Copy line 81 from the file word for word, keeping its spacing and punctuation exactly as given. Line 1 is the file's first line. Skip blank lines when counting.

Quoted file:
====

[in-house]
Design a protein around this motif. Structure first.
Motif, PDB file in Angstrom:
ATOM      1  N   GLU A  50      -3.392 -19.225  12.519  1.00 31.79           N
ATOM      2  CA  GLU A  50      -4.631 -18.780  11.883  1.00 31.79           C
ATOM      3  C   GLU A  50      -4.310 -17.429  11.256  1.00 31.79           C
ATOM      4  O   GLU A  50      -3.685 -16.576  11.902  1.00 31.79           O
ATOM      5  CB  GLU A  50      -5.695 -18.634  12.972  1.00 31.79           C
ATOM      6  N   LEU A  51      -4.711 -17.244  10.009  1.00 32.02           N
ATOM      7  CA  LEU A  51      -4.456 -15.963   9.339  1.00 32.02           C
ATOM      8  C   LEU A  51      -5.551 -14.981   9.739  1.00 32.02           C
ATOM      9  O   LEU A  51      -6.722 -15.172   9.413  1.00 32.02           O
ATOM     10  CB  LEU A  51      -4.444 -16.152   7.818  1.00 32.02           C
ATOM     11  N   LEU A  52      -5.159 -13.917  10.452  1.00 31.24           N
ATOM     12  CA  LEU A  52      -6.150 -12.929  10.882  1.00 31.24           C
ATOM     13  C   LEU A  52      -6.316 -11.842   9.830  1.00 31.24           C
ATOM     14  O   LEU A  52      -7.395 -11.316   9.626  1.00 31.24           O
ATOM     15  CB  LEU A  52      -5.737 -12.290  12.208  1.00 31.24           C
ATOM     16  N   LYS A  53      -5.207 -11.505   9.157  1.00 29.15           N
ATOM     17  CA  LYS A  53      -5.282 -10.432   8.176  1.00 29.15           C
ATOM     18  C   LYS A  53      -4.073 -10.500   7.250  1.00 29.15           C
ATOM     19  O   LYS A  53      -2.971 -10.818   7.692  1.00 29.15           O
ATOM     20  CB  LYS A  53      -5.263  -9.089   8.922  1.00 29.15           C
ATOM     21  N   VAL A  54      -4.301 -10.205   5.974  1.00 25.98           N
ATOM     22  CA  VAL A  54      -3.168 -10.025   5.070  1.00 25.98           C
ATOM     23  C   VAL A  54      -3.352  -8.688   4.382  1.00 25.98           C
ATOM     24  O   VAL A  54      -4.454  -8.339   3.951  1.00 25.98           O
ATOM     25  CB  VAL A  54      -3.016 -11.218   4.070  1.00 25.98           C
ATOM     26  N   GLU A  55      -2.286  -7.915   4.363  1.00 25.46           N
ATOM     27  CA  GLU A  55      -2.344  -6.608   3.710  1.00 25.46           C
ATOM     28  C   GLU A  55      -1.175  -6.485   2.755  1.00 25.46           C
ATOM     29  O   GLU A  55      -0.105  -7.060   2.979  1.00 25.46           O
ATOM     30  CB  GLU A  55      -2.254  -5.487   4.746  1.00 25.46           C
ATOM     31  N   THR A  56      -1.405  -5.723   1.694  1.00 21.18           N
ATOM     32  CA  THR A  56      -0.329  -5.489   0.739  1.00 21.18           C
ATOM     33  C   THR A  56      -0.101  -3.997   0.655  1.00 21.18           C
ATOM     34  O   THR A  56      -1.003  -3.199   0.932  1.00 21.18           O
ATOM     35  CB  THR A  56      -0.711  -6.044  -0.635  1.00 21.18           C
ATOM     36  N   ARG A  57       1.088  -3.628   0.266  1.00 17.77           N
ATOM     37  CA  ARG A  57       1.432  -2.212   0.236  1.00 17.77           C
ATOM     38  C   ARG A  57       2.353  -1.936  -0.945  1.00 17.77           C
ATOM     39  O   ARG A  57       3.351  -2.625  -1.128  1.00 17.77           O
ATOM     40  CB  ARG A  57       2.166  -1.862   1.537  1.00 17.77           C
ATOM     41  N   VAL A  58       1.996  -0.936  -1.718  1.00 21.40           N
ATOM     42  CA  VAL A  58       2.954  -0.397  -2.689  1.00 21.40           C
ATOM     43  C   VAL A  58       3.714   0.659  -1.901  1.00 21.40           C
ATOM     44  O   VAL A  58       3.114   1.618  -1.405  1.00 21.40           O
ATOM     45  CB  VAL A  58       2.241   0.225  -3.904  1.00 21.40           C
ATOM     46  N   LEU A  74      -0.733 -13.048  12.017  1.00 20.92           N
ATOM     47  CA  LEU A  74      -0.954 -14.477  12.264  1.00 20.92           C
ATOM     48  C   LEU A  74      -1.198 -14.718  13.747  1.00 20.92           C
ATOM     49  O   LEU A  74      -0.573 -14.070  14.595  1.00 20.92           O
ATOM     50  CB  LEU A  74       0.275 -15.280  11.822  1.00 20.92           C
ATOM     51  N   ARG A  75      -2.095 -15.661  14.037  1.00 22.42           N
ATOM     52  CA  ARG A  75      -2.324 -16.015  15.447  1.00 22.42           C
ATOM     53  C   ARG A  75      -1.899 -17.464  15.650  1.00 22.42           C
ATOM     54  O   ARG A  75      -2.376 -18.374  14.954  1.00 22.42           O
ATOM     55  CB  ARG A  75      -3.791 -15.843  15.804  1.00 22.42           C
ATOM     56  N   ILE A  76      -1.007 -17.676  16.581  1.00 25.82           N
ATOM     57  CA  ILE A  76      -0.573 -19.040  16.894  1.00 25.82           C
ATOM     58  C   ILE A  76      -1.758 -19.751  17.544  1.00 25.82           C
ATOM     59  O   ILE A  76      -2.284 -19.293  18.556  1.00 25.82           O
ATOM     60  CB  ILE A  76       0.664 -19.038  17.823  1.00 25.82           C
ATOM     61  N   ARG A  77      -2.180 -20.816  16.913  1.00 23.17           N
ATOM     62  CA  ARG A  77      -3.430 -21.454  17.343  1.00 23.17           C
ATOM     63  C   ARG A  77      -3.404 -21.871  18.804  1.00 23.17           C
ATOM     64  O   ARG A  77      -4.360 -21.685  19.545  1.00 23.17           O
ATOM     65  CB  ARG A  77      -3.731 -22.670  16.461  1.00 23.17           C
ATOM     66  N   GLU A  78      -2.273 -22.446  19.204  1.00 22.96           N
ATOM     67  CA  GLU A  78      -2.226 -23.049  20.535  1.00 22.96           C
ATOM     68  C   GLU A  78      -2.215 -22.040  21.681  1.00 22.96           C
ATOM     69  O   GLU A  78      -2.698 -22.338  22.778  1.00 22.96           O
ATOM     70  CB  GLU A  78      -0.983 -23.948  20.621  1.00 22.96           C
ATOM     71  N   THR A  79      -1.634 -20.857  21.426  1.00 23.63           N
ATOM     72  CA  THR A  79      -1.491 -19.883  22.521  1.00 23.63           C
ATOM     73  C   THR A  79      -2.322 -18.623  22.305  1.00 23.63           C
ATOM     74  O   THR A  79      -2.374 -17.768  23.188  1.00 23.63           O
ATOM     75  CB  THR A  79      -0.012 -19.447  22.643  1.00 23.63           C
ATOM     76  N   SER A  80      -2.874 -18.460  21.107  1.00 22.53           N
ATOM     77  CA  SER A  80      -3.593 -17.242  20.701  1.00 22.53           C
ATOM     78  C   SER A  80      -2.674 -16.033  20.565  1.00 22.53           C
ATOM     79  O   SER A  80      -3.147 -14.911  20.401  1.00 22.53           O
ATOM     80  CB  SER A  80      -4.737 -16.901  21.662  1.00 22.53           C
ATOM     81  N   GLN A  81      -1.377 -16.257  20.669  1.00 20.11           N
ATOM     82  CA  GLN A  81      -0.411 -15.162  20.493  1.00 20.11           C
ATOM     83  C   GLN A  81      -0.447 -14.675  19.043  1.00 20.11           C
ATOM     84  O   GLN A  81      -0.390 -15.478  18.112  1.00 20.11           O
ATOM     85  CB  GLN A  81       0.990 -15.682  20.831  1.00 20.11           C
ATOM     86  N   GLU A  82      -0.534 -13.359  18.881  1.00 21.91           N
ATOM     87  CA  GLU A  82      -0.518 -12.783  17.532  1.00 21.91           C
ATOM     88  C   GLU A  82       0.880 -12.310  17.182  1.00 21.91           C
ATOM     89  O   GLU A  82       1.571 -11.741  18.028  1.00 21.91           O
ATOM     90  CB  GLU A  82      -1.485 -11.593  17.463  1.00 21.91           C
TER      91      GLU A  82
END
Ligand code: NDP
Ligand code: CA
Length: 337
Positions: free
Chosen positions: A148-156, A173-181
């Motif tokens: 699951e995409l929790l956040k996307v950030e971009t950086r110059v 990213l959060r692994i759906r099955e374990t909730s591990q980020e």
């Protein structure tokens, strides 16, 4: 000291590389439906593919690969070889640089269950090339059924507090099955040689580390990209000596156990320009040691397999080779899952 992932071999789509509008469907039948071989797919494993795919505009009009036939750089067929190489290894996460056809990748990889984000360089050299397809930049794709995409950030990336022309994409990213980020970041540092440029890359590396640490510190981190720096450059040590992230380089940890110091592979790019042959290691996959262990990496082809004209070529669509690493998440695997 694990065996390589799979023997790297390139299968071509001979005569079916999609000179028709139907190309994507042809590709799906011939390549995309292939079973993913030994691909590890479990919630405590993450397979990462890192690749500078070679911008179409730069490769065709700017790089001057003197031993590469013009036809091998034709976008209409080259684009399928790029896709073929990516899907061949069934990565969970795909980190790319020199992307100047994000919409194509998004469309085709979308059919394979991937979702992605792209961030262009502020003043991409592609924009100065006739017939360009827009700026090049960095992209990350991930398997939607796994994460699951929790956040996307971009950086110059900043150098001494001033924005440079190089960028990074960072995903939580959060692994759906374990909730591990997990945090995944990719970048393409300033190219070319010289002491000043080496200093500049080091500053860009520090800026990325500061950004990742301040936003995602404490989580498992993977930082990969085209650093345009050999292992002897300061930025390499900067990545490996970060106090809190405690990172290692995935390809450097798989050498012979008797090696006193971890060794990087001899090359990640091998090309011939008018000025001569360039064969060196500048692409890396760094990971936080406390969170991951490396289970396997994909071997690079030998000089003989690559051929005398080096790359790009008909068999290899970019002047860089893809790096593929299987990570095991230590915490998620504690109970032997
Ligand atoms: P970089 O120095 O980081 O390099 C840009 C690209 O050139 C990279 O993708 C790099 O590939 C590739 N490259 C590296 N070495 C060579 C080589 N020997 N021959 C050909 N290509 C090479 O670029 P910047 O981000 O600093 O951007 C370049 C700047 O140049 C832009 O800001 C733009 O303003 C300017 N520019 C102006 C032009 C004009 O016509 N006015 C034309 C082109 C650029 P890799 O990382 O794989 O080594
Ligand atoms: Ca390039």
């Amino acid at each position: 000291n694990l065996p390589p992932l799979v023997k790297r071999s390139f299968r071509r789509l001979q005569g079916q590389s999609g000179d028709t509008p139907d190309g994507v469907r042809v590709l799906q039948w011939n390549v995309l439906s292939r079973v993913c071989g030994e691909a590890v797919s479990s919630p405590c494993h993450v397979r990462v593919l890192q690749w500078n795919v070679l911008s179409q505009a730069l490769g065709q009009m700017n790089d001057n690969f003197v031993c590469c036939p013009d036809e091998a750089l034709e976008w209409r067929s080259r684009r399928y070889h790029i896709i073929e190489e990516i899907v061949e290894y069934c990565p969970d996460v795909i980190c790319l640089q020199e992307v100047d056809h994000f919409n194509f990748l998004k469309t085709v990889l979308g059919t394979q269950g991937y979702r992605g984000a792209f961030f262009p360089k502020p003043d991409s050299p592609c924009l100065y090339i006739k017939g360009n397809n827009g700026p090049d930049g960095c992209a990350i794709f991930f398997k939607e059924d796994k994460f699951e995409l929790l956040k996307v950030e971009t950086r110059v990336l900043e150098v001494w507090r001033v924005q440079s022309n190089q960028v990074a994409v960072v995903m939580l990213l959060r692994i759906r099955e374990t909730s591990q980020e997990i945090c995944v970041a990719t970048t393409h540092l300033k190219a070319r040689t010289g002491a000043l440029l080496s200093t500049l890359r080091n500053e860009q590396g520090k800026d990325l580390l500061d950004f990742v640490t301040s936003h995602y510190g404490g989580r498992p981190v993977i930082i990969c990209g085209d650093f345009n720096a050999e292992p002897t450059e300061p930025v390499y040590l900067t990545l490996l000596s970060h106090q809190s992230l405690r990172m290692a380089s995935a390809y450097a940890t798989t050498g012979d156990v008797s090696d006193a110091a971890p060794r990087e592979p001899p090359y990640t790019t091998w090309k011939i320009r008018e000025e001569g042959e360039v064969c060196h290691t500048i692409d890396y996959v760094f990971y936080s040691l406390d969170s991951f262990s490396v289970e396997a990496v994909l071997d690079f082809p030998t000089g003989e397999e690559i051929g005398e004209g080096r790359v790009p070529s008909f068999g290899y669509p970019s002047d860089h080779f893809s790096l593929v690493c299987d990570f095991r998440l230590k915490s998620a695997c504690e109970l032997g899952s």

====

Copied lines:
ATOM     78  C   SER A  80      -2.674 -16.033  20.565  1.00 22.53           C